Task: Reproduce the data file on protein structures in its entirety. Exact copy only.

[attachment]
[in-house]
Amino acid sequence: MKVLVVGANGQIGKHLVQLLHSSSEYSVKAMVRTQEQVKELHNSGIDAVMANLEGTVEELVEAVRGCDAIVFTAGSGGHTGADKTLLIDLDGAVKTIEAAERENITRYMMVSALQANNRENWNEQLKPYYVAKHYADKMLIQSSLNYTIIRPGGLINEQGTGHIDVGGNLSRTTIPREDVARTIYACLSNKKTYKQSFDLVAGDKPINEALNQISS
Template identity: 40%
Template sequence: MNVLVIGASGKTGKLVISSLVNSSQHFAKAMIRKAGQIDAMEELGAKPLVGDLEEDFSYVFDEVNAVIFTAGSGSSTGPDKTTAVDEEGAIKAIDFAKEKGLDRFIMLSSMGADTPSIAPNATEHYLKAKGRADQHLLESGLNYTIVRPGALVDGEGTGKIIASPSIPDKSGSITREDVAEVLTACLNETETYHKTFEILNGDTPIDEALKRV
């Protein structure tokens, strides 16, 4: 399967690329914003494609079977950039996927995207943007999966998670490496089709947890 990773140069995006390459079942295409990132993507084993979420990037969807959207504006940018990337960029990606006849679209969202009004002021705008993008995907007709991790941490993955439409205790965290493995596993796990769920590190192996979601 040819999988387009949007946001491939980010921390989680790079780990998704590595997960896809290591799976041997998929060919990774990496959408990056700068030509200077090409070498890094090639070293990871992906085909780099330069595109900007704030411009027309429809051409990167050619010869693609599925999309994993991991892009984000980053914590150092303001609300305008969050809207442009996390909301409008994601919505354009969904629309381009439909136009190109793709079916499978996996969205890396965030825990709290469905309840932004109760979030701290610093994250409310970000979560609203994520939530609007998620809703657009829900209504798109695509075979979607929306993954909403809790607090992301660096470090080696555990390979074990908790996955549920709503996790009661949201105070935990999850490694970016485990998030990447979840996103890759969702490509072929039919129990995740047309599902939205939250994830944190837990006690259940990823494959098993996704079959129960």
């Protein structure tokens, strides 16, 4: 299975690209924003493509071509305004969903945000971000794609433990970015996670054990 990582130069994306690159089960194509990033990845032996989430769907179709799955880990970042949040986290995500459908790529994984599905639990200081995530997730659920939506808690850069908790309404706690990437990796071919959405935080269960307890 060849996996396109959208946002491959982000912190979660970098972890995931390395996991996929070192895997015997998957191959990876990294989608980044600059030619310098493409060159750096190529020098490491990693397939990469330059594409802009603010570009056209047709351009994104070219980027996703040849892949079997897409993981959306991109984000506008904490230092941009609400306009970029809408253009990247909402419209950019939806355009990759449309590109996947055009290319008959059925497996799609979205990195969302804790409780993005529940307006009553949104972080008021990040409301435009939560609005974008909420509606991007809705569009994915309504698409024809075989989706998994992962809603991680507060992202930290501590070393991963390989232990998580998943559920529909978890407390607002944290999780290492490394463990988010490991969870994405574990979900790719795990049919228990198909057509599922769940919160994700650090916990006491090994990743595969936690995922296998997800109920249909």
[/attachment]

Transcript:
[in-house]
Amino acid sequence: MKVLVVGANGQIGKHLVQLLHSSSEYSVKAMVRTQEQVKELHNSGIDAVMANLEGTVEELVEAVRGCDAIVFTAGSGGHTGADKTLLIDLDGAVKTIEAAERENITRYMMVSALQANNRENWNEQLKPYYVAKHYADKMLIQSSLNYTIIRPGGLINEQGTGHIDVGGNLSRTTIPREDVARTIYACLSNKKTYKQSFDLVAGDKPINEALNQISS
Template identity: 40%
Template sequence: MNVLVIGASGKTGKLVISSLVNSSQHFAKAMIRKAGQIDAMEELGAKPLVGDLEEDFSYVFDEVNAVIFTAGSGSSTGPDKTTAVDEEGAIKAIDFAKEKGLDRFIMLSSMGADTPSIAPNATEHYLKAKGRADQHLLESGLNYTIVRPGALVDGEGTGKIIASPSIPDKSGSITREDVAEVLTACLNETETYHKTFEILNGDTPIDEALKRV
């Protein structure tokens, strides 16, 4: 399967690329914003494609079977950039996927995207943007999966998670490496089709947890 990773140069995006390459079942295409990132993507084993979420990037969807959207504006940018990337960029990606006849679209969202009004002021705008993008995907007709991790941490993955439409205790965290493995596993796990769920590190192996979601 040819999988387009949007946001491939980010921390989680790079780990998704590595997960896809290591799976041997998929060919990774990496959408990056700068030509200077090409070498890094090639070293990871992906085909780099330069595109900007704030411009027309429809051409990167050619010869693609599925999309994993991991892009984000980053914590150092303001609300305008969050809207442009996390909301409008994601919505354009969904629309381009439909136009190109793709079916499978996996969205890396965030825990709290469905309840932004109760979030701290610093994250409310970000979560609203994520939530609007998620809703657009829900209504798109695509075979979607929306993954909403809790607090992301660096470090080696555990390979074990908790996955549920709503996790009661949201105070935990999850490694970016485990998030990447979840996103890759969702490509072929039919129990995740047309599902939205939250994830944190837990006690259940990823494959098993996704079959129960």
């Protein structure tokens, strides 16, 4: 299975690209924003493509071509305004969903945000971000794609433990970015996670054990 990582130069994306690159089960194509990033990845032996989430769907179709799955880990970042949040986290995500459908790529994984599905639990200081995530997730659920939506808690850069908790309404706690990437990796071919959405935080269960307890 060849996996396109959208946002491959982000912190979660970098972890995931390395996991996929070192895997015997998957191959990876990294989608980044600059030619310098493409060159750096190529020098490491990693397939990469330059594409802009603010570009056209047709351009994104070219980027996703040849892949079997897409993981959306991109984000506008904490230092941009609400306009970029809408253009990247909402419209950019939806355009990759449309590109996947055009290319008959059925497996799609979205990195969302804790409780993005529940307006009553949104972080008021990040409301435009939560609005974008909420509606991007809705569009994915309504698409024809075989989706998994992962809603991680507060992202930290501590070393991963390989232990998580998943559920529909978890407390607002944290999780290492490394463990988010490991969870994405574990979900790719795990049919228990198909057509599922769940919160994700650090916990006491090994990743595969936690995922296998997800109920249909």